Detail view of three amber drops from the Triassic. Photo: University of Padova / Stefano Castelli
Reading aloud About 230 million years ago, they died in a drop of resin: two gall mites and a two-leaved insect were thus preserved in amber for eternity. They are now the oldest known testimonies of arthropods in amber. The tiny ambassadors of the Triassic Triassic were discovered by an international research team in amber droplets from the Italian Dolomites. They are 100 million years older than all the previously preserved finds of this group of animals, to which all present-day insects, crabs and arachnids belong. This is reported by Alexander Schmidt from the University of Göttingen and his colleagues. Ambers were created from the resin of primeval trees. Most of them date back to the Cretaceous period about 130 million years ago. Therefore, most of the previously discovered trapped arthropods are representatives of this geological age. For this reason, the researchers had specifically targeted the search for inclusions in ambers that come from the Triassic: they looked into the transparent structures of a total of 70, 000 drops of amber from the Dolomites. After six years of painstaking research, the three arthropods appeared in addition to traces of microorganisms and plant remains.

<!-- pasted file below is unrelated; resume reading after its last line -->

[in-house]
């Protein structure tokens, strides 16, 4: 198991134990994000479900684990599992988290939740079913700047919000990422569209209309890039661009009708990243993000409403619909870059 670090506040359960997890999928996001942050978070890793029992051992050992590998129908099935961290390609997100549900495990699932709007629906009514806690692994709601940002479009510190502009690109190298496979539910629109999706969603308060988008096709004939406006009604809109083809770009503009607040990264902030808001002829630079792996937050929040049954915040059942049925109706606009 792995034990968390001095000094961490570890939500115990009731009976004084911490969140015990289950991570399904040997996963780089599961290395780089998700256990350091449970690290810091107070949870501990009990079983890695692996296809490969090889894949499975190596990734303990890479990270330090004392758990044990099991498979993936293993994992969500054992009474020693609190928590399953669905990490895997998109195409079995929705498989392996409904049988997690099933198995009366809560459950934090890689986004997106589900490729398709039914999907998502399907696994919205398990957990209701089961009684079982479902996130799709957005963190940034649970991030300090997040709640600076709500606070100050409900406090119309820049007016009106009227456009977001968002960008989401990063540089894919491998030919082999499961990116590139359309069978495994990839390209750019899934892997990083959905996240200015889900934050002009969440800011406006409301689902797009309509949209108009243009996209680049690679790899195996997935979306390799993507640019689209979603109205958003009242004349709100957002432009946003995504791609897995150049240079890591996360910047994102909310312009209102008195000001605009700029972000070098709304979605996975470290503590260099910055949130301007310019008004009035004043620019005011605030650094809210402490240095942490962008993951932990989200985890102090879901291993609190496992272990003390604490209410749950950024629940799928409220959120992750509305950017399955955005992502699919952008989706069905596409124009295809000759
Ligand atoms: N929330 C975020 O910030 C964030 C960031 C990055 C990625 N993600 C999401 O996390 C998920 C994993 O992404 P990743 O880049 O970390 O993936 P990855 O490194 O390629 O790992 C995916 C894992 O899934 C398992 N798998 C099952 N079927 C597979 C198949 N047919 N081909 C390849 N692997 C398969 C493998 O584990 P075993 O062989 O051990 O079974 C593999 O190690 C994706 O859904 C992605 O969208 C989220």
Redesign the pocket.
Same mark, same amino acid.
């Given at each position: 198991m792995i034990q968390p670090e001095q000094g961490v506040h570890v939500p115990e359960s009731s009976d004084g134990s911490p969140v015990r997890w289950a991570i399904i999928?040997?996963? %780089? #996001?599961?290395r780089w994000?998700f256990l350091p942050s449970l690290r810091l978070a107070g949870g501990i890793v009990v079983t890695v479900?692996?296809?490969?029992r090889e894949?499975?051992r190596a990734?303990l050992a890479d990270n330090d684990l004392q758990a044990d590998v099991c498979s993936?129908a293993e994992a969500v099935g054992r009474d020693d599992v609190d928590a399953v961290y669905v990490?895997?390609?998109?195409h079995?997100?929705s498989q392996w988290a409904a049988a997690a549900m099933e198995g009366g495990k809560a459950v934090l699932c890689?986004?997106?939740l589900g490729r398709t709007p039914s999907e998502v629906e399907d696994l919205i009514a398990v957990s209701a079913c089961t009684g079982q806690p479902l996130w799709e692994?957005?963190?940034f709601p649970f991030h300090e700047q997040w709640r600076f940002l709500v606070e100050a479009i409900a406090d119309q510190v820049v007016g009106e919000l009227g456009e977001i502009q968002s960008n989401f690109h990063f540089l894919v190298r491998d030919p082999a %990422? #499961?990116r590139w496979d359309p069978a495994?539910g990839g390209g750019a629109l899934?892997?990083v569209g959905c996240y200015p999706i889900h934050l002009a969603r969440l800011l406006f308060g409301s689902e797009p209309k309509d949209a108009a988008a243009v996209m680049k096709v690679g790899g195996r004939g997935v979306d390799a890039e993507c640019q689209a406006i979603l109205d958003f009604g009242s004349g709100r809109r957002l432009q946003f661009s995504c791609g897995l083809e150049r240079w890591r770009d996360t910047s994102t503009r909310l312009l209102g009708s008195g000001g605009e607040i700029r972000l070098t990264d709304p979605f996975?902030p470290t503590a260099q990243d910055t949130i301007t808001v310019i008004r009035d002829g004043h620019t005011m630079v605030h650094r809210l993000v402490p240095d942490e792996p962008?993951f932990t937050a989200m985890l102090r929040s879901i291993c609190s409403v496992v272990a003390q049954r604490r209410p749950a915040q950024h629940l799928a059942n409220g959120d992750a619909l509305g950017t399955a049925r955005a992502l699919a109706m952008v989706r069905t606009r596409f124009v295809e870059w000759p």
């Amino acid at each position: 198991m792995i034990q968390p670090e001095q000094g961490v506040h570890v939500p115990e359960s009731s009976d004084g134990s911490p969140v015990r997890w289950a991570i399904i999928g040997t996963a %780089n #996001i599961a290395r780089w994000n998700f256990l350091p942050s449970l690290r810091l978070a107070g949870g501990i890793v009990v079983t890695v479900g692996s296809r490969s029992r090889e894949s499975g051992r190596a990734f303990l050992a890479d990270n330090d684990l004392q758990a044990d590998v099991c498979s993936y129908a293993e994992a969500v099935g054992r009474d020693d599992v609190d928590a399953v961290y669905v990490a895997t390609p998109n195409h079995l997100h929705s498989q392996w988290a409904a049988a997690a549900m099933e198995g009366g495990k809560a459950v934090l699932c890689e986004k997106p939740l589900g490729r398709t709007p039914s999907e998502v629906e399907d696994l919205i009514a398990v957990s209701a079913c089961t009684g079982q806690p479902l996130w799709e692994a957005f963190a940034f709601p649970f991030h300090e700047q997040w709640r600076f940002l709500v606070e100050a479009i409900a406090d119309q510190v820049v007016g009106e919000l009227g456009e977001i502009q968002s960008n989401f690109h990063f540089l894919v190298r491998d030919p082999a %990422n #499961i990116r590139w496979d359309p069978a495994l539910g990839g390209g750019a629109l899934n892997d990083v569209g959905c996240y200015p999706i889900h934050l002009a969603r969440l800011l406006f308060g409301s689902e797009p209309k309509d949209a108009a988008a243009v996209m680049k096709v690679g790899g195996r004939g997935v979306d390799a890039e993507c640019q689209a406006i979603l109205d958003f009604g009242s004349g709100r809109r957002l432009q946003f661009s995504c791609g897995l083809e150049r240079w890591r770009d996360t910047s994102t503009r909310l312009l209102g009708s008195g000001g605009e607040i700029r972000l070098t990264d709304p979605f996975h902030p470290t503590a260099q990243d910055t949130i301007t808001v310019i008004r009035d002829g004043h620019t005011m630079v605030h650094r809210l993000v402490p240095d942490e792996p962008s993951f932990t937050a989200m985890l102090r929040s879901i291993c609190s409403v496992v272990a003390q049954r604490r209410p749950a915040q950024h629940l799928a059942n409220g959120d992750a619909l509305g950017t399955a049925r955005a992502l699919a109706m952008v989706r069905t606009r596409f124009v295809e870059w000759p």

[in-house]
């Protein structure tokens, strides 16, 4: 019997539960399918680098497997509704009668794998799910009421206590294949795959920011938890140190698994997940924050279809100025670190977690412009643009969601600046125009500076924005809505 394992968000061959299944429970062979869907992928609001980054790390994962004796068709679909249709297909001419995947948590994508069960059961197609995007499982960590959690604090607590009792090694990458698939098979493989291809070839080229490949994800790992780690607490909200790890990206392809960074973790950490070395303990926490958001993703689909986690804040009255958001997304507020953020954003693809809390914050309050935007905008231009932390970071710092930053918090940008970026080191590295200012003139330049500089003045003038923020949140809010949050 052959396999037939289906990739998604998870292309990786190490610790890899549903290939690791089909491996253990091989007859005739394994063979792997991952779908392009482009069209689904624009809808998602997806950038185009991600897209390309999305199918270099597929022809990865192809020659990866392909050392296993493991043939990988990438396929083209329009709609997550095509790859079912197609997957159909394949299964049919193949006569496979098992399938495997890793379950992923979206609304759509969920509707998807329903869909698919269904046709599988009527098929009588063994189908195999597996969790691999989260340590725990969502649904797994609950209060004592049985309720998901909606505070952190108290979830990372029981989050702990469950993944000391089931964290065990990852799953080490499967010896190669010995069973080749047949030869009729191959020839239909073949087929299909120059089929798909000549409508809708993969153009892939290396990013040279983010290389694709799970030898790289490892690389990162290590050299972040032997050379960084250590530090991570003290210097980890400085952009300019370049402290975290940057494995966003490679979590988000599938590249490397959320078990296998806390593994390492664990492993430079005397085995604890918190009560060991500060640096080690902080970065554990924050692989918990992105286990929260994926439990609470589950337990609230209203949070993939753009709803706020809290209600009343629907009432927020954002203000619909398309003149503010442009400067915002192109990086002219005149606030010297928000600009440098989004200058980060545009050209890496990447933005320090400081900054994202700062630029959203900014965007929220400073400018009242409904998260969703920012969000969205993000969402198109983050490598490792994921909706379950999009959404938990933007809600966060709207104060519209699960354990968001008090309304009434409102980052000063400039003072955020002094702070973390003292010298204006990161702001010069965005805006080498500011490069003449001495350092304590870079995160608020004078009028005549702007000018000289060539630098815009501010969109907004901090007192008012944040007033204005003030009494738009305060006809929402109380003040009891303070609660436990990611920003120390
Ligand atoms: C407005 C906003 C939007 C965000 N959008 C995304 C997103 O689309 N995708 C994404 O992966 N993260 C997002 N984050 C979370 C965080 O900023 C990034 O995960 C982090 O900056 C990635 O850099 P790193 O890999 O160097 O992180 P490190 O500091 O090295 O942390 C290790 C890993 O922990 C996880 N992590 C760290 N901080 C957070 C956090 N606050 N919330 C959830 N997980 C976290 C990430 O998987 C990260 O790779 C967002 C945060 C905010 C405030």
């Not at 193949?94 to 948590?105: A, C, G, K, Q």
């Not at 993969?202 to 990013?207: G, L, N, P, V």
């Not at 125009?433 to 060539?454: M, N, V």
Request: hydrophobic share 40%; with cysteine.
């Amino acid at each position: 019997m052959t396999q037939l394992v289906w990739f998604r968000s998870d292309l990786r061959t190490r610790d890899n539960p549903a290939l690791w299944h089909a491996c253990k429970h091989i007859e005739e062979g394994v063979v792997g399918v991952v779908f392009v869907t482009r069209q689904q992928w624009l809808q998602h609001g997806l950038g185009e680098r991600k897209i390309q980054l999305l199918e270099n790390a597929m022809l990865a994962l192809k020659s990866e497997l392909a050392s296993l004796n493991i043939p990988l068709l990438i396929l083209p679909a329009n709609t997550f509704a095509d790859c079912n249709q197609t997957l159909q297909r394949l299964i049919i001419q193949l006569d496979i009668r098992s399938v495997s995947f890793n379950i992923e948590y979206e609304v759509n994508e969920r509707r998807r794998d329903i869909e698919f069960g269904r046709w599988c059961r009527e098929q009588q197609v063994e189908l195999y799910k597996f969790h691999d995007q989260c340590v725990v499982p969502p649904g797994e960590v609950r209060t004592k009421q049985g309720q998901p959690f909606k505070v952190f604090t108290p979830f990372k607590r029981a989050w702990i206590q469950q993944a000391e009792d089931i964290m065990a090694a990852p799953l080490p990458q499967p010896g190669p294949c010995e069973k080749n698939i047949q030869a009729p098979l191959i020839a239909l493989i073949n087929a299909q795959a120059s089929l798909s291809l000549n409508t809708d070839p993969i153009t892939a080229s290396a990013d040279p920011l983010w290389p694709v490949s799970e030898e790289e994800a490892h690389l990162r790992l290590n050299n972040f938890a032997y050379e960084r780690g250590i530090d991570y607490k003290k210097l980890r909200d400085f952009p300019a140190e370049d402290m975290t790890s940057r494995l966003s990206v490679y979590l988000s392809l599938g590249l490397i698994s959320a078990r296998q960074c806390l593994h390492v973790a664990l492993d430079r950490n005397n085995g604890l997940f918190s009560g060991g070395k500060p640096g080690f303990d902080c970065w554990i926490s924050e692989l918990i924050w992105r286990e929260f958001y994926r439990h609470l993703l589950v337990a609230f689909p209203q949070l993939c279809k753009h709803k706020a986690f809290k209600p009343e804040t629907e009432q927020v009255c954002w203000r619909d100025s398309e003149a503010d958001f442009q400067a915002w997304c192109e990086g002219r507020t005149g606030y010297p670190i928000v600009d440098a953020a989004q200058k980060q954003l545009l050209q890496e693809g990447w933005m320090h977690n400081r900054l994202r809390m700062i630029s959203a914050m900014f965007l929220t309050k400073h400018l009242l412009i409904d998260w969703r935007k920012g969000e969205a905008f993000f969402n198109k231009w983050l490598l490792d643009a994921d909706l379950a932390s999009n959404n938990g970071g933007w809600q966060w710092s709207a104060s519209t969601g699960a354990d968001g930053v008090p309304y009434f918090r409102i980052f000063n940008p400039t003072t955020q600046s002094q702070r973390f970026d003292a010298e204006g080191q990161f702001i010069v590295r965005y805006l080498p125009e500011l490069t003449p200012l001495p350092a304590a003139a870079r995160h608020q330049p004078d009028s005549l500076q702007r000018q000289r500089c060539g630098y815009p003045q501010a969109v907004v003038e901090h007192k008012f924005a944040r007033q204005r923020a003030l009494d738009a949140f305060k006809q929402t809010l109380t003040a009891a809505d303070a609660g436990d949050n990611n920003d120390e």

Primeval tree parasites

The two mites are two different species from the group of gall mites. These arachnids still feed on plant matter today, often producing abnormal growth in the form of bile on their host plants. The fossil gall mites are surprisingly similar to today's: 230 million years ago, all the typical features were already present. "This group must therefore be much older than previously thought, " says Schmidt. Almost all today's Gallmilbenarten feed on flowering plants. However, the two primeval mites existed already 100 million years before the appearance of this group of plants. The representatives of the Triassic apparently lived as parasites on coniferous trees. "This shows that gall mites are able to exploit the prevalent plants and have developed together with their host plants, " commented co-author David Grimaldi of the American Museum of Natural History in New York.

The third amber inclusion is the trace of a two-winged insect, ie an insect. Unfortunately, a more accurate assignment is not possible because most parts of the body are not fully preserved. The fossil shows, however, that insects in unusually old amber may be included, the researchers say. In the noble stones so many more secrets could sleep. "After the largest mass extinction of the Earth's history at the end of the Permian about 250 million years ago, there were major changes in the flora and fauna in the subsequent Triassic, " explains Schmidt. For the understanding of evolution, the time of the Triassic is therefore particularly important. The amber finds can open windows into this era, say the scientists. display

Alexander Schmidt (University of Göttingen and his colleagues) et al .: PNAS, doi: 10.1073 / pnas.1208464109 © Martin Vieweg


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